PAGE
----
3 Ways Retailers Can Participate in the Sharing Economy
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3 Ways Retailers Can Participate in the Sharing Economy

Nizzi Renaud, CMO, Zazzle
Nizzi Renaud, CMO, Zazzle

Nizzi Renaud, CMO, Zazzle

The sharing economy—for some it feels like a movement, for others a fad. While most define the sharing economy as a concept where peers borrow from peers, the concept has expanded to include many trends that are redefining commerce.   

At Zazzle, we live and breathe a robust ecosystem, which allows us to implement concepts of the sharing economy while staying true to our mission of on demand customization of products ranging from cards and apparel to stamps and skateboards. For Zazzle, our core premise in the sharing economy is allowing consumers to interact with makers and designers to customize our wide product offering. Here are the top 3 trends we can share with our fellow retailers to keep in mind as you evaluate the intricacies around the sharing economy, and what it may mean to your business.  

Localization matters 

For retailers who deal with scale, localization can feel like an impractical option on many levels. Many traditional retailers are making moves into the sharing economy by partnering with local manufacturing firms to empower retailers to have better control over the manufacturing process, from stylistic decisions to inventory management. One solution is to find the area where localization can have an impact- i.e., if not the entire product line, then the packaging perhaps. While there has been much made out of the environmental impacts of localized production, the truth is - there is a consumer base that values the concept of made locally as part of the new sharing economy.

The sharing economy can provide inspiration for any fast-growing retail player 

The storytelling opportunity around transparency in manufacturing plays a part in the localization trend. For Zazzle, there’s great pride in having our manufacturing facilities in the heart of Silicon Valley while allowing for makers and manufacturers around the world to connect in to Zazzle’s platform. Furthermore, local organizations such as SF Made or Detroit Made show that the resurgence in local manufacturing is recognized by local governments.  

Being on trend  

Retailers such as H&M and Zara have built core businesses around trend-based manufacturing; for others, there’s value in carving out a portion of the business that can be trend or story driven- that can react within the month, within the week or within the day to a trending topic. It goes hand in hand with the localization—a quick turnaround can enable the items get to store quickly while the trend is still current thanks to a local manufacturing presence. While the sharing economy has provided its fair share of controversy around surge (or demand) level pricing, there is a possibility that limited edition can command its own price as needed.   

As part of the sharing process, the use of social media can be a powerful asset and one more reason to consider additional investment in social media. At Zazzle, we’ve seen great impact in allowing consumers to see how others are using their products through the use of social media tags and user-generated image galleries. User-generated galleries are an effective and viral marketing tool, and allow for an actual two way communication beyond the read and response of social postings.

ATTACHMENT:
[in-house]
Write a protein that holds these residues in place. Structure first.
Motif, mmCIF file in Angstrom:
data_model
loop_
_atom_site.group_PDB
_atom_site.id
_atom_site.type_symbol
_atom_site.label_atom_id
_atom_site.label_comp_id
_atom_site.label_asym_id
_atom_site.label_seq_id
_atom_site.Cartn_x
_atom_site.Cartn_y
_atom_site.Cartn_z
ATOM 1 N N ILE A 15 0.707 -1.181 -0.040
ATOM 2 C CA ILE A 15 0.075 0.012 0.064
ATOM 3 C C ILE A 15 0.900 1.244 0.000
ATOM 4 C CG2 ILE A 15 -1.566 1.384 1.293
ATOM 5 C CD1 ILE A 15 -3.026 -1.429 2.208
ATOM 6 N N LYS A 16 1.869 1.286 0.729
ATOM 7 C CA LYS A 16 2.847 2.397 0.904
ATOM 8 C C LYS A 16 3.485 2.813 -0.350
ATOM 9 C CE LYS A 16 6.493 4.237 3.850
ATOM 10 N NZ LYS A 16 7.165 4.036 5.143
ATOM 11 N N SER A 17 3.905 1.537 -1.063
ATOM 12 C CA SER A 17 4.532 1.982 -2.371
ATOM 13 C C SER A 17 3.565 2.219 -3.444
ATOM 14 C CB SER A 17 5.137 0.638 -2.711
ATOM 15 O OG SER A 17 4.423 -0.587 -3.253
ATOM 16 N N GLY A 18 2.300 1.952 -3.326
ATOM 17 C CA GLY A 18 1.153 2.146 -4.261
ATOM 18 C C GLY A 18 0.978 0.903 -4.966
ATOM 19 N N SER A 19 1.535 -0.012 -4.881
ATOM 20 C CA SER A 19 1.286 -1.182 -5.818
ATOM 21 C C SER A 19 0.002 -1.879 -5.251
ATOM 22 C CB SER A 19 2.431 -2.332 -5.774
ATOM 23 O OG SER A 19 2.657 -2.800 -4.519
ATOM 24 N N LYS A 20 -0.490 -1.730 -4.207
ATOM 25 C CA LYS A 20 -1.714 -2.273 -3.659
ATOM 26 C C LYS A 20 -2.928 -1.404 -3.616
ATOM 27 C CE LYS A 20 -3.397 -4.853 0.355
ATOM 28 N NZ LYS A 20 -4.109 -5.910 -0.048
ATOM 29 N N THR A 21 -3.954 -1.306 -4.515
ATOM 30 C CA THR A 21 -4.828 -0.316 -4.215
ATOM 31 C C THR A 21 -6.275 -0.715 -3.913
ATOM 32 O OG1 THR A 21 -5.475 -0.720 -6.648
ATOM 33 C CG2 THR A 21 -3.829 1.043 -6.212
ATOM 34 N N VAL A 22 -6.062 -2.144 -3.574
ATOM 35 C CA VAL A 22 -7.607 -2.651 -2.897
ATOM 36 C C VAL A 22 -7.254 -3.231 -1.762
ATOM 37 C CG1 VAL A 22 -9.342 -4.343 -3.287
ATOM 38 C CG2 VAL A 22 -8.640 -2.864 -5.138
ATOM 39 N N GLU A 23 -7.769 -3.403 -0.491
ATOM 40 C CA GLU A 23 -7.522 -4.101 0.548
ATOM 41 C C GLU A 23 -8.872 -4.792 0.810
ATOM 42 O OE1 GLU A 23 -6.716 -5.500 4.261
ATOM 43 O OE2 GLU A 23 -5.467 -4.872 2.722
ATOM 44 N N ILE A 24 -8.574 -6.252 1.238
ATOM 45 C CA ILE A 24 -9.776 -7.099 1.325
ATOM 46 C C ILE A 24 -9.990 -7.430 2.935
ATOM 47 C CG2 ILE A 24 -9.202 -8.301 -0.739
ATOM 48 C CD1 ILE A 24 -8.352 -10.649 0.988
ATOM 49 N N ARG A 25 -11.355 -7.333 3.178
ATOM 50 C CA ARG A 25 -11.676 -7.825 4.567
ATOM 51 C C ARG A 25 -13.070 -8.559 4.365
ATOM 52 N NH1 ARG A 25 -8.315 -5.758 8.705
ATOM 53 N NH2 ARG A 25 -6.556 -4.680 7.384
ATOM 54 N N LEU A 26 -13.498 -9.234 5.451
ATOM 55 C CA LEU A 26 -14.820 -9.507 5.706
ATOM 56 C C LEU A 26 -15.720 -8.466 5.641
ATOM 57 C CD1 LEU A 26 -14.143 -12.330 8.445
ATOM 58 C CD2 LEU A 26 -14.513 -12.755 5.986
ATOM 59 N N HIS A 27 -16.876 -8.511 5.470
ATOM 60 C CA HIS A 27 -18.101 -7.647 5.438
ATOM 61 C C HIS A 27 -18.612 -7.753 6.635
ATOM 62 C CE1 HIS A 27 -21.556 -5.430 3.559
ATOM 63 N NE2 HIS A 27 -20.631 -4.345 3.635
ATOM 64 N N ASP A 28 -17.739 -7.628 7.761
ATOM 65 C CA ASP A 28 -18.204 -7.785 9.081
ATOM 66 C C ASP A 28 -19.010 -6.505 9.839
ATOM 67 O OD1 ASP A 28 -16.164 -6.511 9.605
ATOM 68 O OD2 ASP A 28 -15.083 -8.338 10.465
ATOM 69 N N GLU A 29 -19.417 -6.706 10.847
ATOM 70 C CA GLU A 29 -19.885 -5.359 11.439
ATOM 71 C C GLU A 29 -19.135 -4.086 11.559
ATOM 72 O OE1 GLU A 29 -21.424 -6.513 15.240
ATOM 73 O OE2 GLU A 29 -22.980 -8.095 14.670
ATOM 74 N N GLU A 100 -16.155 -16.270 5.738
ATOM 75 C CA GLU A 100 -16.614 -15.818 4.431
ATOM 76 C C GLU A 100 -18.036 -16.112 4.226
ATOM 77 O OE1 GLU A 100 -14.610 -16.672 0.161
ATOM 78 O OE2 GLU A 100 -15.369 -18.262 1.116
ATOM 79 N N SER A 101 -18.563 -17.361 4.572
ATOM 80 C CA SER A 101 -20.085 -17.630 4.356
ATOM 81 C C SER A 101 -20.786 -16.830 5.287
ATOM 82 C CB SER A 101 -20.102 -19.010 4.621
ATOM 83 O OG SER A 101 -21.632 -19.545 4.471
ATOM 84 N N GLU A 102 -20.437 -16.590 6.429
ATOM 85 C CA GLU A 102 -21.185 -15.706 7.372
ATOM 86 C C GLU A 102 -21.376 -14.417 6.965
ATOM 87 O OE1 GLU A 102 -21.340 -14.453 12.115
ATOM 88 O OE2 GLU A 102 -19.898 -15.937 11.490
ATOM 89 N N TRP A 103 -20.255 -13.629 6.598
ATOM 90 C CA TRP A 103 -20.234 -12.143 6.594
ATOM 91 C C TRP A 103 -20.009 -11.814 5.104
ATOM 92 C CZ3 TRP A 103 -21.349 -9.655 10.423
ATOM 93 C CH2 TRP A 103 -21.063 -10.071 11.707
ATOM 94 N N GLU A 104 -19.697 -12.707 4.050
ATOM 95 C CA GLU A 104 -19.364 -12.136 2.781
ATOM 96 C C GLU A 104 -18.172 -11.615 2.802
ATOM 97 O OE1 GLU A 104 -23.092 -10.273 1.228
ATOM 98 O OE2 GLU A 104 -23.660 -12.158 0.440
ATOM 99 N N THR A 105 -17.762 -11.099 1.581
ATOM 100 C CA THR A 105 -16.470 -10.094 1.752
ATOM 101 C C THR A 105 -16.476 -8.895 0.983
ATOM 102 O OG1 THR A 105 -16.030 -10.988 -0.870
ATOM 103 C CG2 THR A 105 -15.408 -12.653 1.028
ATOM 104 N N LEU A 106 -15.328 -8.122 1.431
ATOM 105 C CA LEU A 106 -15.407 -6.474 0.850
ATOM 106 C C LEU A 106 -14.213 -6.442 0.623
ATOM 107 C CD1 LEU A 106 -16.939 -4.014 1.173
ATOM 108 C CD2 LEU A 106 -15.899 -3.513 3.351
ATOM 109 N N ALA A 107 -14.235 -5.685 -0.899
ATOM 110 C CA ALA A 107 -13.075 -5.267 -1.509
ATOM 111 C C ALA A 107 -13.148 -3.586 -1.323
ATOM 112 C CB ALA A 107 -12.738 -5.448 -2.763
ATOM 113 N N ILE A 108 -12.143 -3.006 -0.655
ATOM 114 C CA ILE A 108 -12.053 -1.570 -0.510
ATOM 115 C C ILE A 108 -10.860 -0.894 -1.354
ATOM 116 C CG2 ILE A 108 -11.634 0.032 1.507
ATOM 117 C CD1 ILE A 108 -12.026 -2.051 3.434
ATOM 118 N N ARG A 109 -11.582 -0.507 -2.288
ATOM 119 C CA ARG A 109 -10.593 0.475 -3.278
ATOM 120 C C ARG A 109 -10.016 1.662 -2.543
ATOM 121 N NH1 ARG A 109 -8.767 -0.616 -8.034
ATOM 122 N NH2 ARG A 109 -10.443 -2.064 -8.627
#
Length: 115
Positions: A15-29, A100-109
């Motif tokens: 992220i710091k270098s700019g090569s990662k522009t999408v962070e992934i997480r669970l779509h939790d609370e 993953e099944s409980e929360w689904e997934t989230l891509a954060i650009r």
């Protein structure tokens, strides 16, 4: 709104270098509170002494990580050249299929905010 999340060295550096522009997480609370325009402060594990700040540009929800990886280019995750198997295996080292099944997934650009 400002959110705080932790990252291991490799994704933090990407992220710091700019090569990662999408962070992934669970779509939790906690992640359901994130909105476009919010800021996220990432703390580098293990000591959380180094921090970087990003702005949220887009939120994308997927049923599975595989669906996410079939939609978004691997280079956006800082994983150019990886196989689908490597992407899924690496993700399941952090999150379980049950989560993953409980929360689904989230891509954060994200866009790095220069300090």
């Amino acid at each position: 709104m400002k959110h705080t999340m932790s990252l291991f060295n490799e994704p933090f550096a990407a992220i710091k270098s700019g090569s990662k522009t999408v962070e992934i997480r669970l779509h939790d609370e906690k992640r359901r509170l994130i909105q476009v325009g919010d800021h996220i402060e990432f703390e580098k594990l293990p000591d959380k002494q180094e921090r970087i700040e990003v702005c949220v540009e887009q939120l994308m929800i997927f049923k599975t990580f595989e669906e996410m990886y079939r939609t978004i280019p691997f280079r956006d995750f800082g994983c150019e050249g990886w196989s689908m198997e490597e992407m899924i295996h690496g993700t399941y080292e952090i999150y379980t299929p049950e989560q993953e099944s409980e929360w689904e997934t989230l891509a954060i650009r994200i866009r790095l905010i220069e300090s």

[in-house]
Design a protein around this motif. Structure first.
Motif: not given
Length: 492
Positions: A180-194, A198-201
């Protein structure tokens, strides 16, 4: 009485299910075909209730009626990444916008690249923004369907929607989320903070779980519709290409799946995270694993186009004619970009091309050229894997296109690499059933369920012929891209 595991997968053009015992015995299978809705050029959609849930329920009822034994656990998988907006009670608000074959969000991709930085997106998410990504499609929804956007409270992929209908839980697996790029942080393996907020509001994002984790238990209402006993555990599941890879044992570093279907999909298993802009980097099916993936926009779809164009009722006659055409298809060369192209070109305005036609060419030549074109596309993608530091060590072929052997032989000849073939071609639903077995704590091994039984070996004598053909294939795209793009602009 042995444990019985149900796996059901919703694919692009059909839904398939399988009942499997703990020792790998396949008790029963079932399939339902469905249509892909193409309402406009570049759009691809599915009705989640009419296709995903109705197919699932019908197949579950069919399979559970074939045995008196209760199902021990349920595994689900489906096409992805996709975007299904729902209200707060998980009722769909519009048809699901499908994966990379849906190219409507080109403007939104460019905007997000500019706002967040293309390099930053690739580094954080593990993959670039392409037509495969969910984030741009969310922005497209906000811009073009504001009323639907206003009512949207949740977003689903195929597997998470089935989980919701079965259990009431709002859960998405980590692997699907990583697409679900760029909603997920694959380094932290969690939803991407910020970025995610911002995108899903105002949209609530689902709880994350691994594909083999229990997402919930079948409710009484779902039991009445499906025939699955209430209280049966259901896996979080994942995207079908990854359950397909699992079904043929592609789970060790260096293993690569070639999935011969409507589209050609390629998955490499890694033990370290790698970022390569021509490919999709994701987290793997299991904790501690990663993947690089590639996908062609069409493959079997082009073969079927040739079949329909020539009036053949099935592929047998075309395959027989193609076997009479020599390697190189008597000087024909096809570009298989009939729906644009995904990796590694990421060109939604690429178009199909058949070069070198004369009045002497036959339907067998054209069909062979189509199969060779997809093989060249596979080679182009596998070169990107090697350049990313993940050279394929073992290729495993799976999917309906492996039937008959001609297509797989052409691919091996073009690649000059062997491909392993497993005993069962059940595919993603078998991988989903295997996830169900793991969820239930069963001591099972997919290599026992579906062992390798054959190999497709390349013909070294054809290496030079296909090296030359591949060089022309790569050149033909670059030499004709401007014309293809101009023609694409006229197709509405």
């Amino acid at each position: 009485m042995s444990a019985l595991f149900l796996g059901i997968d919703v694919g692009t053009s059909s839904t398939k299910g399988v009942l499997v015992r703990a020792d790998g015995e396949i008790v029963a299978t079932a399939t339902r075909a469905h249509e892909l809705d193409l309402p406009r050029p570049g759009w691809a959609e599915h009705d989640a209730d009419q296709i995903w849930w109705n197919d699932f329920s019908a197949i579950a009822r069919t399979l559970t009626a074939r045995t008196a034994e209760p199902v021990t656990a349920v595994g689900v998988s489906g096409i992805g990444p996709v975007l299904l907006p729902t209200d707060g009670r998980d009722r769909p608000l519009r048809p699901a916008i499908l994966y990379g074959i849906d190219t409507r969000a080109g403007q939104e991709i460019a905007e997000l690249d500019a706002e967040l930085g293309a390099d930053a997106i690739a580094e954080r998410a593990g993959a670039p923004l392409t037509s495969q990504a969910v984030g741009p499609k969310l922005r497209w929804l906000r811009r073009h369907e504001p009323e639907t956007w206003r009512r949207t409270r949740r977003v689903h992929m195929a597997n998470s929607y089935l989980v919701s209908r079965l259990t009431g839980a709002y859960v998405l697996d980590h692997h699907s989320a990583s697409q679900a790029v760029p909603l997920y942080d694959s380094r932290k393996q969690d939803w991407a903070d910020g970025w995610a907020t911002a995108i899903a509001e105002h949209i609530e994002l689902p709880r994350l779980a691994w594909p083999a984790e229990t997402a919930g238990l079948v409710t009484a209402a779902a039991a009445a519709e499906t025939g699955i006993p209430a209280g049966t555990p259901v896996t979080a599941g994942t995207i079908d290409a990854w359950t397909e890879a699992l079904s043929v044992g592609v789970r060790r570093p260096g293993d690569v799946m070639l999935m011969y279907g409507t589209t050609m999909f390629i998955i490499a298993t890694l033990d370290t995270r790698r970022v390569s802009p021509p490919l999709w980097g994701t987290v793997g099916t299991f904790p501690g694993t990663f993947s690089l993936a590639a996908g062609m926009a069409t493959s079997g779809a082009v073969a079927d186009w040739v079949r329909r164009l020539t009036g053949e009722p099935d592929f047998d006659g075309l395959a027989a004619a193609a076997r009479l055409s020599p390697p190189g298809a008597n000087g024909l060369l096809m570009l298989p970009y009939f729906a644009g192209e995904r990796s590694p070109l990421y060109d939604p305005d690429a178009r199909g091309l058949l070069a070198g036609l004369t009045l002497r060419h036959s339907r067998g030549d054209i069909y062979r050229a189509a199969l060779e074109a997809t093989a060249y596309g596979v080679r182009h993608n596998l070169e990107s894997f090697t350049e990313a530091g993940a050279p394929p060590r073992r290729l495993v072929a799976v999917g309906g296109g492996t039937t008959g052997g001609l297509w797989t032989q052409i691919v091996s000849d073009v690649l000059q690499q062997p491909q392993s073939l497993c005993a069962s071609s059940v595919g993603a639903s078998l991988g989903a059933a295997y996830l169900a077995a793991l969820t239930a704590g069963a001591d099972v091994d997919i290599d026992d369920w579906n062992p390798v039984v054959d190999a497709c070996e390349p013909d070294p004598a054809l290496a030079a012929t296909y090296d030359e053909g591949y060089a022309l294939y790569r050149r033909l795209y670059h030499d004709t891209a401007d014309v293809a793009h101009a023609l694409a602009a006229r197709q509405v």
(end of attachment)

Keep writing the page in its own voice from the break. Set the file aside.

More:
Much has been made of the impact of millennials on today’s retail environment but there’s no denying that there’s a generation of consumers out there who expect a level of co-creation, on demand and customization as a matter of course for their retail experience. Personalization is not a concept solely for the on demand manufacturers of the world. Whether it’s NikeID’s custom shoes or the configuration of your lunch burrito at your local Chipotle, it’s clear that there is a widespread consumer demand for unique products that have a personal touch.  

For companies that can’t easily add customization to their product offerings, the convergence of the online and offline retail experience can provide that co-creation effect. Personalization and recommendation functionality in the browsing experience online and in the customer service experience offline, are two ways to contemplate customization of the experience. It’s important not to cross the chasm from custom to creepy but personalization can provide much of the serendipity and uniqueness that customers are demanding. 

The sharing economy can provide inspiration for any fast-growing retail player. First, think how your business can participate in local. Consumers want to support local manufacturing because it saves on shipping costs, inventory management, and wastage. Buying local feels good, and consumers are pushing retailers to engage with local makers or provide a transparency in the manufacturing process more than ever before. Second, get trendy. Many retailers want to be able to react in the moment to trends. By having a marketplace of designers, curators, and tastemakers, the most agile retailers are able to react in the moment to create new designs that are on trend. Plus, with local manufacturing partners, one no longer needs to plan inventory choices months in advance due to overseas shipping times. Finally, customization is a growing trend—there’s a strong consumer demand for customized products—from furniture to stationery—consumers want to have the choice to express themselves with a custom product.

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